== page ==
MIAMI -- The hot seat for tobacco company executives could soon be on the witness stand, not in the boardroom.
In a bid to dissuade a Florida jury from punishing their companies, tobacco industry titans were expected to testify this week about what they see as ''enormous changes'' made in their industry in recent years.
The panel was scheduled to hear testimony today from Philip Morris Inc. CEO Michael Szymanczyk, the first of five executives expected to take the stand on a potential multibillion-dollar punitive damage request by 300,000 to 500,000 sick Florida smokers.
''We're going to present substantial evidence to show some enormous changes in these companies in the last three years,'' said lead tobacco attorney Dan Webb. ''We're going to show the jury why it is that punitive damages simply would not be warranted in this case.''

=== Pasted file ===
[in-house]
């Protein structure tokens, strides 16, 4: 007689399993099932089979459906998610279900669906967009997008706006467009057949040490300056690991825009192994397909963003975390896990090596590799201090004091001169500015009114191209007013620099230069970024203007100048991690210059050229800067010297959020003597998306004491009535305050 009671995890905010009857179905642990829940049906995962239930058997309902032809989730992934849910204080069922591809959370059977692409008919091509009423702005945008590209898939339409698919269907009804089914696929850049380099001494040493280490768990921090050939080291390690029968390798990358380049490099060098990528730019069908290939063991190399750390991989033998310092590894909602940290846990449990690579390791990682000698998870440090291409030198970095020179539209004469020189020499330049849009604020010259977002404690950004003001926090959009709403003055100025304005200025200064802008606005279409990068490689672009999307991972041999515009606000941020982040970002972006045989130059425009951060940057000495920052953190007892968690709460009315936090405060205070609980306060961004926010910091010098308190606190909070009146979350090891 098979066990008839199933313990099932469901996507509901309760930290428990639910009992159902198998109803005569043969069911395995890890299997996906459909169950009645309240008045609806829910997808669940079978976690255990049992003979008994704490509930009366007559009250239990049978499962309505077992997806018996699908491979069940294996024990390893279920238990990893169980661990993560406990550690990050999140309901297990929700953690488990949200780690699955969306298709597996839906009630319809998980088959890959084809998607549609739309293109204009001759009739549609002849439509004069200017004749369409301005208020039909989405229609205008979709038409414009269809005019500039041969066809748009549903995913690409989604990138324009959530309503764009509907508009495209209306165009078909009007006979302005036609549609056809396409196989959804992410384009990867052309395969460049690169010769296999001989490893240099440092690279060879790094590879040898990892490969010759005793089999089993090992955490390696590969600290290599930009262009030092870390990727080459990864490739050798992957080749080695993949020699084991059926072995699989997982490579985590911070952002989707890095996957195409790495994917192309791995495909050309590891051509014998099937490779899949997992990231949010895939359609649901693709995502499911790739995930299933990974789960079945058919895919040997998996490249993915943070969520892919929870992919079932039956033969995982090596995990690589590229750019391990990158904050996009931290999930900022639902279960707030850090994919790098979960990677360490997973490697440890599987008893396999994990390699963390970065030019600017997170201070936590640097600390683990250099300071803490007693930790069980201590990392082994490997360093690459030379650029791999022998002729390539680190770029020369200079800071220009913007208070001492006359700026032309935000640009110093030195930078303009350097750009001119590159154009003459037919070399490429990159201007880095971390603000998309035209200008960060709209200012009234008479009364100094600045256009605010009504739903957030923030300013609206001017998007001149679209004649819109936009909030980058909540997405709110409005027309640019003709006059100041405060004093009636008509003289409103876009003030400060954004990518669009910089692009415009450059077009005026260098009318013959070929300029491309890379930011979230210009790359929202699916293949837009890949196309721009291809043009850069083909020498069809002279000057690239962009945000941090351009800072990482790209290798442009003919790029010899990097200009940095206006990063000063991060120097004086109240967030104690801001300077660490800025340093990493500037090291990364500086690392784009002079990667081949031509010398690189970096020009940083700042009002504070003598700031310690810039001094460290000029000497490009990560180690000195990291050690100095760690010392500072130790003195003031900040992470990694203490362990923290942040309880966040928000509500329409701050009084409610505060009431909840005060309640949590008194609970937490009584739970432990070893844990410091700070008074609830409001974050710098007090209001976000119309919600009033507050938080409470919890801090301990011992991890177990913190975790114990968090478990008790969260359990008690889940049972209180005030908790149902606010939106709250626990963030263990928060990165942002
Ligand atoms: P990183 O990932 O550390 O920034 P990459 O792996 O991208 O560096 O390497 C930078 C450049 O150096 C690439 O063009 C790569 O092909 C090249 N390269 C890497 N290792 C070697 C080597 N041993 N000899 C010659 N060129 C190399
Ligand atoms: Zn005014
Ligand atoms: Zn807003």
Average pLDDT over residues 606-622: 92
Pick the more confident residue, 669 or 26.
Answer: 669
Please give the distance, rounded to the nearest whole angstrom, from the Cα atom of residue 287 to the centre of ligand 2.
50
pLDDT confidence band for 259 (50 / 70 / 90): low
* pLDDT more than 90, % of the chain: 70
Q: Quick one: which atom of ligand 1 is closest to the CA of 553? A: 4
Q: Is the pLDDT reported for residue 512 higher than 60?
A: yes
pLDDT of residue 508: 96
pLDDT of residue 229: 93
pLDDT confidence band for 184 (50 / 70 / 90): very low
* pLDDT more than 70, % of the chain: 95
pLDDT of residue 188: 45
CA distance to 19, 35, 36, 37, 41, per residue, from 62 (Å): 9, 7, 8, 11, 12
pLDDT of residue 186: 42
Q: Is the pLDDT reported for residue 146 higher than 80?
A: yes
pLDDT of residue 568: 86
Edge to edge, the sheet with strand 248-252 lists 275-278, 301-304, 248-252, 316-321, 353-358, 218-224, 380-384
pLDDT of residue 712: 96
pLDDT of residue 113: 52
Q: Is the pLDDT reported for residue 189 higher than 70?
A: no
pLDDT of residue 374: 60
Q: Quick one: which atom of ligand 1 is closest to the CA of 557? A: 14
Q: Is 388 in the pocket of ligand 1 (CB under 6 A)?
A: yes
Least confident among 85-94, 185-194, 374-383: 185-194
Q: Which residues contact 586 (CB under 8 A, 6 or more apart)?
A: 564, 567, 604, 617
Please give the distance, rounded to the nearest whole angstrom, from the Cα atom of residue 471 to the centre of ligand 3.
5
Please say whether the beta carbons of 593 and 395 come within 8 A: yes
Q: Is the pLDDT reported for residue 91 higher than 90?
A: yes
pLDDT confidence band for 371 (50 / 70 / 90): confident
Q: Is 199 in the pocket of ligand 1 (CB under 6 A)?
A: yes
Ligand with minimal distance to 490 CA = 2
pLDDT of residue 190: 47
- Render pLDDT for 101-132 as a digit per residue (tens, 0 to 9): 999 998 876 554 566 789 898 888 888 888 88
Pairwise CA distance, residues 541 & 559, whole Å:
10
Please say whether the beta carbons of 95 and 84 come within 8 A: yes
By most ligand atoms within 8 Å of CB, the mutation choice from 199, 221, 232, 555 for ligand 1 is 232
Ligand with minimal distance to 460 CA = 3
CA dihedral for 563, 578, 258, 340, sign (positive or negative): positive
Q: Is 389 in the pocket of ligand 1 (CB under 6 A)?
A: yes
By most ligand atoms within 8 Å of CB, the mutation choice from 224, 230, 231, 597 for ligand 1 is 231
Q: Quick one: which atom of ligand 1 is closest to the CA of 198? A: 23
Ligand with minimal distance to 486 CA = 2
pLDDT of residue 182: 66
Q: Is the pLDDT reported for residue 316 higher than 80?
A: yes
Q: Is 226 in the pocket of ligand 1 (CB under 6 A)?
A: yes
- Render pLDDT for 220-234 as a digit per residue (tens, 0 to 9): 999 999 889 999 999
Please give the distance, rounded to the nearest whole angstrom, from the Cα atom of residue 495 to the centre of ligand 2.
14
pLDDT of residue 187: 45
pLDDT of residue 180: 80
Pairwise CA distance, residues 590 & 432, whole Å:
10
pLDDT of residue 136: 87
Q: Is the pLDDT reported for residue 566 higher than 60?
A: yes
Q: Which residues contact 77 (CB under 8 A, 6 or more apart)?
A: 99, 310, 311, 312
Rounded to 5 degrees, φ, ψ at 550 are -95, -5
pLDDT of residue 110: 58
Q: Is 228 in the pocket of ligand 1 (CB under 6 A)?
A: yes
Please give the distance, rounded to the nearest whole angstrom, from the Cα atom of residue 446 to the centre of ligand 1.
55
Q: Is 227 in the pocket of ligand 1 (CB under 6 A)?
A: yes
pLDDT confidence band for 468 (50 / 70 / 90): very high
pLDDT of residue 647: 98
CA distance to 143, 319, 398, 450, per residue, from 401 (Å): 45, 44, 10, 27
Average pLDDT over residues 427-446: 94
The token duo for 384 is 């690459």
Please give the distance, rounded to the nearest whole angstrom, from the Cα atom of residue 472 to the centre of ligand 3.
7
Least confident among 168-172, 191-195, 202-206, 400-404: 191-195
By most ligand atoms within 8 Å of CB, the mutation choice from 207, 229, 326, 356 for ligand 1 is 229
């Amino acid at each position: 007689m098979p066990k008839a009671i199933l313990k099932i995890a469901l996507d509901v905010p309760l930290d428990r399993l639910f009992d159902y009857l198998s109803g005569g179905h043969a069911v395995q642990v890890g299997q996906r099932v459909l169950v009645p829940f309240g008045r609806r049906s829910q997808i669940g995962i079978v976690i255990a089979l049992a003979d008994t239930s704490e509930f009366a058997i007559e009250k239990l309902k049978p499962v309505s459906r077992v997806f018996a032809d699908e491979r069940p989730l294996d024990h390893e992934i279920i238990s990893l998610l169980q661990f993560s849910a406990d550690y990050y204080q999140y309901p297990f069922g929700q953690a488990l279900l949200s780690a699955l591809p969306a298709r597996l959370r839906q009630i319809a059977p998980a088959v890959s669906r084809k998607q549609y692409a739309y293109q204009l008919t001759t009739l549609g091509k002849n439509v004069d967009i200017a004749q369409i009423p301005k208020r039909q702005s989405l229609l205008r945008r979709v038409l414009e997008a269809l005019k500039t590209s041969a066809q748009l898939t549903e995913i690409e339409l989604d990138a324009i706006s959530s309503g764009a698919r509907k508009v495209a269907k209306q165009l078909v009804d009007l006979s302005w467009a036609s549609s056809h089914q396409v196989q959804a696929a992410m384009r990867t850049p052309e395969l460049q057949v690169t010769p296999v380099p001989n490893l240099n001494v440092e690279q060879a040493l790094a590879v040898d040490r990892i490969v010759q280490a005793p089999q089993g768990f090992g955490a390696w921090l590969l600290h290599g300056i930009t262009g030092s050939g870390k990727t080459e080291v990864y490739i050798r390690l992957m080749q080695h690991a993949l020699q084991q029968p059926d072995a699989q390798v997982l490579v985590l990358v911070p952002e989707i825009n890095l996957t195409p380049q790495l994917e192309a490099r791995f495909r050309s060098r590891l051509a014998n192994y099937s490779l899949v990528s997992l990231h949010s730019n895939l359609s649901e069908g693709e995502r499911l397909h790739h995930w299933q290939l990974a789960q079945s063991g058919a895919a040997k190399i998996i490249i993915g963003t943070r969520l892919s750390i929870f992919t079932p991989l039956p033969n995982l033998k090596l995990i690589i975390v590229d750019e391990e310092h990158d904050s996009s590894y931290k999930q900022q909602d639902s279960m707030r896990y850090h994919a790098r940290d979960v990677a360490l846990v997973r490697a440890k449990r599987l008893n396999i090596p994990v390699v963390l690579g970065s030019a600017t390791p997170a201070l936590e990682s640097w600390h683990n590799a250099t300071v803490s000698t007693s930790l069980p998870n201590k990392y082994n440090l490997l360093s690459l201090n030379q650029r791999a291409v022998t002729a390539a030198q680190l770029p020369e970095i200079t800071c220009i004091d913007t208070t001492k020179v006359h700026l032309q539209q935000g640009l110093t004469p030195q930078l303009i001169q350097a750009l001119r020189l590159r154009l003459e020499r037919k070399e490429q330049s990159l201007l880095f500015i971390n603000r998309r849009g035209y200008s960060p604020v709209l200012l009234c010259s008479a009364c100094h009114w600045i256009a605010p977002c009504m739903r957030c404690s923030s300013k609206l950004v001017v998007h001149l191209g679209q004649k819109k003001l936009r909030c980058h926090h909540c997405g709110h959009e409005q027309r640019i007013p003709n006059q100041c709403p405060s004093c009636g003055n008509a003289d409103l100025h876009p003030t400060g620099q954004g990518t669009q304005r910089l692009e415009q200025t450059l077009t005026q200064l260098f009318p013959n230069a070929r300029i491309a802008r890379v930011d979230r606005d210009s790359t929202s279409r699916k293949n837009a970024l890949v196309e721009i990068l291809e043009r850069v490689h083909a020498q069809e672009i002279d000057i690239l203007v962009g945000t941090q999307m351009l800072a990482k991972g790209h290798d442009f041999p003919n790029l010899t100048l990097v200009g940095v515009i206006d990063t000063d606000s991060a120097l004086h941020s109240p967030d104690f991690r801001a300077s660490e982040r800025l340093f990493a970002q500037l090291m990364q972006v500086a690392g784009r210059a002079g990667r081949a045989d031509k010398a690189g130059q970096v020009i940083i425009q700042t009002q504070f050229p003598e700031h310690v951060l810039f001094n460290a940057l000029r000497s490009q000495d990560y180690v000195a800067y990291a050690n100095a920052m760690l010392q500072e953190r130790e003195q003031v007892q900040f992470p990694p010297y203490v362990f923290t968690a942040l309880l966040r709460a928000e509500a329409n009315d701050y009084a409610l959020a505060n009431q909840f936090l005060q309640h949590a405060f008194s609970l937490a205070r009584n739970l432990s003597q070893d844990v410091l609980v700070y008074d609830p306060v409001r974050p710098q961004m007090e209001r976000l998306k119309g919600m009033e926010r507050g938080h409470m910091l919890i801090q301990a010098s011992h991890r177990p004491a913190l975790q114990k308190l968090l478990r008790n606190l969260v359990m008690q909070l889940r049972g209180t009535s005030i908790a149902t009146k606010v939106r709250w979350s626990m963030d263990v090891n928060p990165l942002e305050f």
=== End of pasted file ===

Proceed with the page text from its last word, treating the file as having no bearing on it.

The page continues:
The six-member jury previously awarded $12.7 million in compensatory damages to three people in the nation's first smokers' class-action suit to go to trial.
The expected appearance of the CEOs before the jury demonstrates the importance of the case to the industry. Tobacco executives make infrequent public appearances, primarily at corporate annual meetings, and rarely testify under oath.
Smokers' witnesses estimated the companies could raise $150 billion to $157 billion to pay a punitive verdict. Those figures would dwarf the national punitive damages record of $3 billion, assessed against Texaco in 1987.
Brainerd Dispatch ©2013. All Rights Reserved.